27 June 1970, Interserie, Porsche 908/2
Result: 3rd in class, 5th overall
Lauda took part in the Can-Am-inspired Interserie with a second-hand Porsche 908/2 – a 3-litre Spyder that Porsche had developed for 1969 – and ran it with Austria’s Bosch Racing Team. Lauda was only able to afford the car thanks to help from a Swiss businessman seeking an association with his father: Niki agreed to intervene on the man’s behalf in return for funding, naturally without Lauda Sr being aware of the arrangement.
The first round was a 200-mile contest split into two parts at the Norisring, each comprising 41 laps, with results determined on aggregate. While big-engined Group 5 and Group 7 machines such as Porsche 917s and Lola T70s filled the top eight places on the grid, Lauda was third-quickest of the 3-litre Group 6 runners, lining up 11th. His 908/2 was among five such cars in the field, but only one of them, driven by Pedro Rodríguez, out-qualified him.
Lauda was involved in a close battle for seventh in the race with three 908/2s, driven by Karl von Wendt, Helmut Marko and Helmut Leuze. He had got the better of both von Wendt and Leuze when, on lap 19, Marko collided with a Porsche 907 they were lapping. Lauda finished sixth.
Lauda was sixth in race two, his same three 908/2 rivals occupying the next three places. His aggregate result was fifth, and an impressive third in the 3-litre category.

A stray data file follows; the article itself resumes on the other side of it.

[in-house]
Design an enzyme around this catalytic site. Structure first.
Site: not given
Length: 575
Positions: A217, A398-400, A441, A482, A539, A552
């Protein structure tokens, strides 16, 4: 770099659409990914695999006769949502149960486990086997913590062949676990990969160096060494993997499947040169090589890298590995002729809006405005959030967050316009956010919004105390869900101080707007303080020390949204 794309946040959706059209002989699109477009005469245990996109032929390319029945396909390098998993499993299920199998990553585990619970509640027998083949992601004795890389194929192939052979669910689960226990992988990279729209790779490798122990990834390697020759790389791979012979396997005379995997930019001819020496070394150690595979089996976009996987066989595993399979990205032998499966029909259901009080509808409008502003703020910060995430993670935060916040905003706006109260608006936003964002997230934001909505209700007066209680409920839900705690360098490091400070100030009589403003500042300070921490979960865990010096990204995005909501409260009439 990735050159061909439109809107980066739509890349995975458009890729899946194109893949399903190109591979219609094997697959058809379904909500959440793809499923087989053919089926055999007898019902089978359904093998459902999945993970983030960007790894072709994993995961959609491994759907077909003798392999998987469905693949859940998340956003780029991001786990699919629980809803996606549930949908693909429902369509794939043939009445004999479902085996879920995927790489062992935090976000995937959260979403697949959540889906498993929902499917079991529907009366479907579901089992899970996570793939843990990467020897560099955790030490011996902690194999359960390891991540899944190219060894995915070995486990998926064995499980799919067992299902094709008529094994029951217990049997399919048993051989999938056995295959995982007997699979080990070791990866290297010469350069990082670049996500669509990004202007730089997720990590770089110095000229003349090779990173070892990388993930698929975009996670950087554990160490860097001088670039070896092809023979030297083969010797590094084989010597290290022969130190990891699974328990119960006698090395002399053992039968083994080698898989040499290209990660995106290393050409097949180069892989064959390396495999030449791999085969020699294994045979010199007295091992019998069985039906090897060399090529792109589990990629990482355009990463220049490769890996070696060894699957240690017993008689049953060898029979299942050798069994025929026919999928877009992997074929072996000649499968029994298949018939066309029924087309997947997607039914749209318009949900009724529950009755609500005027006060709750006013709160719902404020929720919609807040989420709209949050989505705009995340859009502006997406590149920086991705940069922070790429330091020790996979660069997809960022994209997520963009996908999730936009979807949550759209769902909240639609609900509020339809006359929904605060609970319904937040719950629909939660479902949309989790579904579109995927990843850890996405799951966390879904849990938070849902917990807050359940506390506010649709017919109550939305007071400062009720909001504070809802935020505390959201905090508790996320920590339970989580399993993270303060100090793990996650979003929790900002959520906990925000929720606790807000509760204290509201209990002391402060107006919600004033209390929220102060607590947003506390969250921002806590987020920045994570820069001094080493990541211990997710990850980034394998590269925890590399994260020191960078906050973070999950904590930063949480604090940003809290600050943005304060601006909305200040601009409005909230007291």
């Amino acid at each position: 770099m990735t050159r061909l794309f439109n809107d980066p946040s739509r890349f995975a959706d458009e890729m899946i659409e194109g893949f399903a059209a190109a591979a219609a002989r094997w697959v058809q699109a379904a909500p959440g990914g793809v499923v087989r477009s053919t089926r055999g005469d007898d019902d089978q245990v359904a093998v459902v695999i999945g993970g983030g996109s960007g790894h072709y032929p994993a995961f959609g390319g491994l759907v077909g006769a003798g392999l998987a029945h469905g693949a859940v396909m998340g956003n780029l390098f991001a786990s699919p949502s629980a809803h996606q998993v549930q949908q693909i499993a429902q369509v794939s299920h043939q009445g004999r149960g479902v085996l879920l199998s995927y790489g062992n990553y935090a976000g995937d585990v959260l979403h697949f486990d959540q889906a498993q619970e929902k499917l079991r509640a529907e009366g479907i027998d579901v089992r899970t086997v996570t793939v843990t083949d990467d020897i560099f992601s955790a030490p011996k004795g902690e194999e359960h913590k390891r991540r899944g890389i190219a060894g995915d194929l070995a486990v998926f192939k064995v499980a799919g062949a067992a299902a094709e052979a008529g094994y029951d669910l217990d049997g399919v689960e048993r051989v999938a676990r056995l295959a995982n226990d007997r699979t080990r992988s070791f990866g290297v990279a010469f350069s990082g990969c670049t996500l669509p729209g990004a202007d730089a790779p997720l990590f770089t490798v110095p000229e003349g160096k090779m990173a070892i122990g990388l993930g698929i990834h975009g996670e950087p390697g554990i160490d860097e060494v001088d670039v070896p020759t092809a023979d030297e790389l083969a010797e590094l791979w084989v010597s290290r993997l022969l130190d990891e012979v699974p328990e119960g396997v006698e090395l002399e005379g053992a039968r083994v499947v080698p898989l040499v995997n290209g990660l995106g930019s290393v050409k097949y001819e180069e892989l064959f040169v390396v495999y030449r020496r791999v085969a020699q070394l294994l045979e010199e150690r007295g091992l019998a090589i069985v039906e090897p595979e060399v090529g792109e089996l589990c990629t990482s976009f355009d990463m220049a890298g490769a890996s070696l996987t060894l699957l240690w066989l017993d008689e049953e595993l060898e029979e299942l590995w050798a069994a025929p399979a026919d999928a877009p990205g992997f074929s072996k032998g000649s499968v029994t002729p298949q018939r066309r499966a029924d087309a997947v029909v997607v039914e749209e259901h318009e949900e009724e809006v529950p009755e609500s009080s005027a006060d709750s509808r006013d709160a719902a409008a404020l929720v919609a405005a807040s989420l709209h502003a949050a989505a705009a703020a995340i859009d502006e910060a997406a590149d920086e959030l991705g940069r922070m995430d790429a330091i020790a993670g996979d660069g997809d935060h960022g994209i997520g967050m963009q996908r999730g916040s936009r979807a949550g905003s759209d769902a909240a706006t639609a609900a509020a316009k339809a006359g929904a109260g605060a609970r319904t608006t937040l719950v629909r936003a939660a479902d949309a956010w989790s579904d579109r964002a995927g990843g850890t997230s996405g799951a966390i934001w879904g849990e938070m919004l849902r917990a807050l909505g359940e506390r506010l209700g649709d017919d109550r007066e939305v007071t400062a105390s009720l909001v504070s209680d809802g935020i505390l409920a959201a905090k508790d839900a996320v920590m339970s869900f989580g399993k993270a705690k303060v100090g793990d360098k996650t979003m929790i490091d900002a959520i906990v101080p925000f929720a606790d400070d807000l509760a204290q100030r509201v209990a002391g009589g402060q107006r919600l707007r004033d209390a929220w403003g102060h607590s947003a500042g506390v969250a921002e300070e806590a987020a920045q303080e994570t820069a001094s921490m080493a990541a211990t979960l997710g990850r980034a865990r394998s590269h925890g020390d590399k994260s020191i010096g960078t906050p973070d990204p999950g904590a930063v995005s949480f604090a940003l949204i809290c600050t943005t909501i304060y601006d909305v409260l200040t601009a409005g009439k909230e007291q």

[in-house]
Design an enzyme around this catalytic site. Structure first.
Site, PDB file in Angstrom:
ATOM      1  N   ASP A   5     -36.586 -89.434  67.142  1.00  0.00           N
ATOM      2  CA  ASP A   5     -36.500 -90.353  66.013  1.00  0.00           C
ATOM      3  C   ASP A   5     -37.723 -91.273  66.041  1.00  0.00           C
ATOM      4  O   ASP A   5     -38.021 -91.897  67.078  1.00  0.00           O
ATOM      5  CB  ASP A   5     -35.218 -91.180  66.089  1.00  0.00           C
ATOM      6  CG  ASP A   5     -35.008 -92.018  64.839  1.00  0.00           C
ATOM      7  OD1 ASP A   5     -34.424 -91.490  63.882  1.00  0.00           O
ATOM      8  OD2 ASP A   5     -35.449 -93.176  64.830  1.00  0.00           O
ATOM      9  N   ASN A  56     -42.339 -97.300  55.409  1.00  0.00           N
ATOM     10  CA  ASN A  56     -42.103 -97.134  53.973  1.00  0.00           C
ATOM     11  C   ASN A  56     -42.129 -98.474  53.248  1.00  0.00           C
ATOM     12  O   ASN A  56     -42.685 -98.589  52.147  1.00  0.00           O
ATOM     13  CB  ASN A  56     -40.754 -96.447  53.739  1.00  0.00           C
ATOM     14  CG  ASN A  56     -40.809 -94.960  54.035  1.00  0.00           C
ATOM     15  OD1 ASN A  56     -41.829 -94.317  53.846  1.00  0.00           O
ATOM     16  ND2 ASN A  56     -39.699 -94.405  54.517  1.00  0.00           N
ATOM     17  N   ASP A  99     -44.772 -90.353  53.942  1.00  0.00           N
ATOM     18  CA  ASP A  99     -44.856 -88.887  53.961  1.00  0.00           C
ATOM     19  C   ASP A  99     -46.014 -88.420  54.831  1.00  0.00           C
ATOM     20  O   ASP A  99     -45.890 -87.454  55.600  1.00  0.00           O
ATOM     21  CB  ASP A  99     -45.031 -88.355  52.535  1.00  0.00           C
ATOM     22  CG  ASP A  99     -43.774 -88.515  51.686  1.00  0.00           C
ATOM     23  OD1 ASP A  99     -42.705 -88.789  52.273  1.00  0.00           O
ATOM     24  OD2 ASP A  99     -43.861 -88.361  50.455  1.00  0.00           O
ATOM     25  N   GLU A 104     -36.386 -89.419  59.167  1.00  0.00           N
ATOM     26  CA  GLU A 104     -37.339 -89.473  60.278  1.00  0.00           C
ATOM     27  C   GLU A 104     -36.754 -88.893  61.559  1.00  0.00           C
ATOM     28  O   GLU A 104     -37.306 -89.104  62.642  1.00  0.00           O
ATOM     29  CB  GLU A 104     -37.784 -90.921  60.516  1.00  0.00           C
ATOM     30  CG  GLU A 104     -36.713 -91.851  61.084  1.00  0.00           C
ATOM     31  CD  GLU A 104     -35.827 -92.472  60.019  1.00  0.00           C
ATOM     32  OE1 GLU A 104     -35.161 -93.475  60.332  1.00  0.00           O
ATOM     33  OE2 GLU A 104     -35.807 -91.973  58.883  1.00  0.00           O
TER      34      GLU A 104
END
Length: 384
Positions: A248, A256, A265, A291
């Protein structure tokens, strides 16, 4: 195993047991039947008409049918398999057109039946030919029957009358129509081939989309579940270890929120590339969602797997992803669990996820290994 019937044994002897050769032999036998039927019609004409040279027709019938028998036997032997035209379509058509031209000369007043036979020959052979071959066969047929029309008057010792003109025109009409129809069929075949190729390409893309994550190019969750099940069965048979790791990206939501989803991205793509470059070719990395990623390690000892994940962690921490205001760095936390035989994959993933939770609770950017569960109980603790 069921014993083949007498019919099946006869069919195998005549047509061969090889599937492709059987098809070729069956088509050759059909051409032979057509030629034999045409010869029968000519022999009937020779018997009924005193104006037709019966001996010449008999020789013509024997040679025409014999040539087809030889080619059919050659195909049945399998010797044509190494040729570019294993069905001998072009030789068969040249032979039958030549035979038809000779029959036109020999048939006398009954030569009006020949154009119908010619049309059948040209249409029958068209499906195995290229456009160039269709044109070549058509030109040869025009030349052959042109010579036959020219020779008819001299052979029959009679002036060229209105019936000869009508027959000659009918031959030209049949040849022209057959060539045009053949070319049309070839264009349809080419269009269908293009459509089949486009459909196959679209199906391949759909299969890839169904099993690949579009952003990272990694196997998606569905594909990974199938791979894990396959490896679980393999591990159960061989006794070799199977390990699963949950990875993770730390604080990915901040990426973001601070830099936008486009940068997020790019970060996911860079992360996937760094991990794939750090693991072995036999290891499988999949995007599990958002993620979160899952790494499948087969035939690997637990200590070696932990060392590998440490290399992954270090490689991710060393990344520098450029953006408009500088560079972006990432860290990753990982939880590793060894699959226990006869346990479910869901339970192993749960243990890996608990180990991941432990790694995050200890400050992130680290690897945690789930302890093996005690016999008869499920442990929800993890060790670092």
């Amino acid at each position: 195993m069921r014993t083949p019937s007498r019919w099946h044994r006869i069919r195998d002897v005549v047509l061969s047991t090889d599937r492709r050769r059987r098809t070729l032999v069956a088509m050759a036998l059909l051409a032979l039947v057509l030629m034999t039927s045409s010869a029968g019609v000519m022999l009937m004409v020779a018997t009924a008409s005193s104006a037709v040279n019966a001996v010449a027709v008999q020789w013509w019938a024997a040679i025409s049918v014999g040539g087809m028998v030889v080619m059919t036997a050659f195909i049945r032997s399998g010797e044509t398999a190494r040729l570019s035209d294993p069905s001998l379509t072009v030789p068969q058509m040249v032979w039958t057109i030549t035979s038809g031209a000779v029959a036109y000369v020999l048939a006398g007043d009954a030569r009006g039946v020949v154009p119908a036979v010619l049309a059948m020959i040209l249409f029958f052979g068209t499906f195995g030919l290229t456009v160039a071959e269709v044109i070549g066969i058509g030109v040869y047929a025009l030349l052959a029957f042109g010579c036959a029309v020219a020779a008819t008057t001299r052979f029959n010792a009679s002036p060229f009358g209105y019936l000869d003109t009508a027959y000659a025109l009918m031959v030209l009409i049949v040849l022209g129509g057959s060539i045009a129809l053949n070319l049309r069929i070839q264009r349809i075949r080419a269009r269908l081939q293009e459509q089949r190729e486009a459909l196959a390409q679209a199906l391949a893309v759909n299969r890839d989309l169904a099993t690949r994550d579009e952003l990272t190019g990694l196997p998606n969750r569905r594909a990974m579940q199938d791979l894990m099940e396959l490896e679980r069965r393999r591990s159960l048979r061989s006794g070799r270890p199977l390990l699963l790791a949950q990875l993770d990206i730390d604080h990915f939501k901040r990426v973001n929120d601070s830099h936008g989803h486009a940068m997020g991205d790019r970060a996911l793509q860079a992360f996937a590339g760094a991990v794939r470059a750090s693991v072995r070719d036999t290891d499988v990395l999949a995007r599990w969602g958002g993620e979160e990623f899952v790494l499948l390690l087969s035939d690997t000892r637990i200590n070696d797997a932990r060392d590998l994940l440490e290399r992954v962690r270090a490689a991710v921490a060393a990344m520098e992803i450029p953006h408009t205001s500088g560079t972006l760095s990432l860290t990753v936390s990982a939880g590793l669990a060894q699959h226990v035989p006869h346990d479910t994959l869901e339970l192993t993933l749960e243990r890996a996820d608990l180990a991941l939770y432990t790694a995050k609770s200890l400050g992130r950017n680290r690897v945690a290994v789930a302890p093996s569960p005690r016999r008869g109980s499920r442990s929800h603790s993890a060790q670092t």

Lauda said the 908/2 was the car that impressed him the most in his early career.
27 June 1970, Formula Vee, Olympic Result: Tweaks for his rival
While at the Norisring, Lauda briefly drove his compatriot Helmut Marko’s Olympic during practice for the Formula Vee race. Marko had switched from McNamara for the 1970 season, but by now was finding that the MAHAG-Olympic team seemed to be losing its motivation. Having long since buried the hatchet with Lauda after their fracas at the Nürburgring the previous summer, Marko – aware of his countryman’s growing reputation for mechanical understanding – sought his opinion of the German car. Lauda’s feedback must have been useful, for Marko went on to win the following day. In this photo, Niki rounds the old Grundig Hairpin, a corner that would disappear from use when the circuit was shortened after Pedro Rodríguez’s fatal accident a year later.